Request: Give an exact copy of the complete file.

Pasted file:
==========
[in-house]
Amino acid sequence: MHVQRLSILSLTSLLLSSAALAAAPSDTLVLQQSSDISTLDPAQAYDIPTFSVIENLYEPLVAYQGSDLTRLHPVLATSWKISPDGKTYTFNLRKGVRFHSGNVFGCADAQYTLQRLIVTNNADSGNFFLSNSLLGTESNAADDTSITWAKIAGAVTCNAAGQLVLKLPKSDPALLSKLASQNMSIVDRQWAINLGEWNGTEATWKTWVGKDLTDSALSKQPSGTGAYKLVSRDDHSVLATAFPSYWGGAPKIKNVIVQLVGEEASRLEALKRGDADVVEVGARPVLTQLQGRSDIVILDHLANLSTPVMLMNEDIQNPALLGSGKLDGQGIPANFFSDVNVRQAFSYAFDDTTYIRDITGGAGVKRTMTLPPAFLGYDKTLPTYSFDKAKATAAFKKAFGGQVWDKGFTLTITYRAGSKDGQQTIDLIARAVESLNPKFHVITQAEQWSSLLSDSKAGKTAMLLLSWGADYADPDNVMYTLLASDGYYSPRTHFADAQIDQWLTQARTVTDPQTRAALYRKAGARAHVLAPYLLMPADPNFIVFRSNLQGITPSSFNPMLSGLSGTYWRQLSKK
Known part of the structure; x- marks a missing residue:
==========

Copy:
[in-house]
Amino acid sequence: MHVQRLSILSLTSLLLSSAALAAAPSDTLVLQQSSDISTLDPAQAYDIPTFSVIENLYEPLVAYQGSDLTRLHPVLATSWKISPDGKTYTFNLRKGVRFHSGNVFGCADAQYTLQRLIVTNNADSGNFFLSNSLLGTESNAADDTSITWAKIAGAVTCNAAGQLVLKLPKSDPALLSKLASQNMSIVDRQWAINLGEWNGTEATWKTWVGKDLTDSALSKQPSGTGAYKLVSRDDHSVLATAFPSYWGGAPKIKNVIVQLVGEEASRLEALKRGDADVVEVGARPVLTQLQGRSDIVILDHLANLSTPVMLMNEDIQNPALLGSGKLDGQGIPANFFSDVNVRQAFSYAFDDTTYIRDITGGAGVKRTMTLPPAFLGYDKTLPTYSFDKAKATAAFKKAFGGQVWDKGFTLTITYRAGSKDGQQTIDLIARAVESLNPKFHVITQAEQWSSLLSDSKAGKTAMLLLSWGADYADPDNVMYTLLASDGYYSPRTHFADAQIDQWLTQARTVTDPQTRAALYRKAGARAHVLAPYLLMPADPNFIVFRSNLQGITPSSFNPMLSGLSGTYWRQLSKK
Known part of the structure; x- marks a missing residue: